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Old 08 September 2010, 00:10   #21
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Alright guys. I finally finished all the repairs. I just took a look at two motors. Which would you choose and why. One is a 1992 Yamaha 40hp short shaft, it is really extremely clean...only bummer is that its a pull start. Second is a Evinrude 40hp short shaft with electric start. The case on this motor looks like crap, but under the cowl, it looks brand new and has just been serviced. Both of these have no rust and have been tested. Which would you buy?

Definitely go with the Yamaha!!! Far more reliable, much better quality. Also, I would much prefer a pull start over an older electric start. While most electric starts can be emergency pull started, it may be awkward & difficult to set up an emergency pull rope while out in rough conditions.
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Old 08 September 2010, 00:36   #22
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Really? How tough is it to pull start a 40hp? My other concern is its ability to keep a battery charged, I plan to have a gps/fishfinder, lights and other electric gizmos. It seems that its charging system would not be able to keep the battery charged. I do agree that the yamaha is very high quality outboard. Do you guys think that there is a large weigh difference?
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Old 08 September 2010, 00:52   #23
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Really? How tough is it to pull start a 40hp? My other concern is its ability to keep a battery charged, I plan to have a gps/fishfinder, lights and other electric gizmos. It seems that its charging system would not be able to keep the battery charged. I do agree that the yamaha is very high quality outboard. Do you guys think that there is a large weigh difference?
A 40 hp that is in good condition takes very little effort to pull start. I can understand the desire to have a charging system if you are running other electrics, but a gps/fishfinder and some LED navigation lights shouldn't draw much current. A compact lightweight high end battery (such as an Odyssey PC 625) would go a very long time between charges.


http://www.odysseybattery.com/marinespecs.html
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Old 08 September 2010, 08:49   #24
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I'm not a big fan of Yamaha only because a friend had a lot of problems with one. However, I AM a big fan of pull start. No battery is good. Less weight; more floor space; and no potential of a dead battery letting you down. I've had it happen to me. Carry a small gel cell wheelchair battery for lights and electronics.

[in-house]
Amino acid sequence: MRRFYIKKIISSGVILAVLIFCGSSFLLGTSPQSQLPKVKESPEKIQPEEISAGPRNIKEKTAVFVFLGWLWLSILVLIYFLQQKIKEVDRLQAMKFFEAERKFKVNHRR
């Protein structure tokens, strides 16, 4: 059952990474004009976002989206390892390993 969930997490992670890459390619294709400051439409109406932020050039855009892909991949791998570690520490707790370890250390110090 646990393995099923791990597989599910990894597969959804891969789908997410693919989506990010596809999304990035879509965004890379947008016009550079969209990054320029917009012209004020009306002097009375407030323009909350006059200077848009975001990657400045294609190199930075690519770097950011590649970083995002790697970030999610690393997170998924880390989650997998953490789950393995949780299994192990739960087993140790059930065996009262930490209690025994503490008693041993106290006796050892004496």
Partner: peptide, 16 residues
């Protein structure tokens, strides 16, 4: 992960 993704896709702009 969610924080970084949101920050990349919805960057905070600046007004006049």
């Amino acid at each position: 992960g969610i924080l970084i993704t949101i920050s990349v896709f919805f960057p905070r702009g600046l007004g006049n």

You don't say what year the Johnson is, but they did at one time have 3 different versions of charging systems. The best had a regulator on the back right corner. A cast aluminum box with cooling fins on it and lots of wires going in.
Availability of service and support is a consideration.
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Old 08 September 2010, 09:41   #25
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However, I AM a big fan of pull start. No battery is good. Less weight; more floor space; and no potential of a dead battery letting you down. I've had it happen to me. Carry a small gel cell wheelchair battery for lights and electronics.


The only thing I could add to that is that is also good to have a spare starter rope and to occasionally check the condition of the existing rope (even though they are extremely durable).
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Old 08 September 2010, 09:51   #26
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The only thing I could add to that is that is also good to have a spare starter rope and to occasionally check the condition of the existing rope (even though they are extremely durable).
Yes, goes without saying. Always carry a spare Everything. :^)
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Old 08 September 2010, 11:53   #27
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I was just thinking that with the console setup that a starter would make it more like a regular boat that anyone could just get in and turn the key to start it. Anyone have any input on the weight between these outboards. They are both from 92'. The evinrude is a 2 cyl and the yamaha is a 3 cyl, both 40hp short shaft.
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Old 08 September 2010, 13:05   #28
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You have a console? 3 cyl. might give you more torque. Also more weight and one more carburetor to tune, and potentially give you trouble.
I like to keep things simple.
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Old 08 September 2010, 16:23   #29
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According to the basic NADA outboard listing the 92 Evinrude 40hp manual start 2 cyl outboard weighs 185lbs (dry weight), the Yamaha 92 40hp manual start 3 cyl weighs 152 lbs. I think I get more low end power with my 3 cyl, but I'm probably kidding myself.
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Old 08 September 2010, 16:42   #30
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My OMC 25 shared the same block between a 20, 25, 30. The 40 shares a block with the 40, 50 and 60. I don't know anything about Yamahas.
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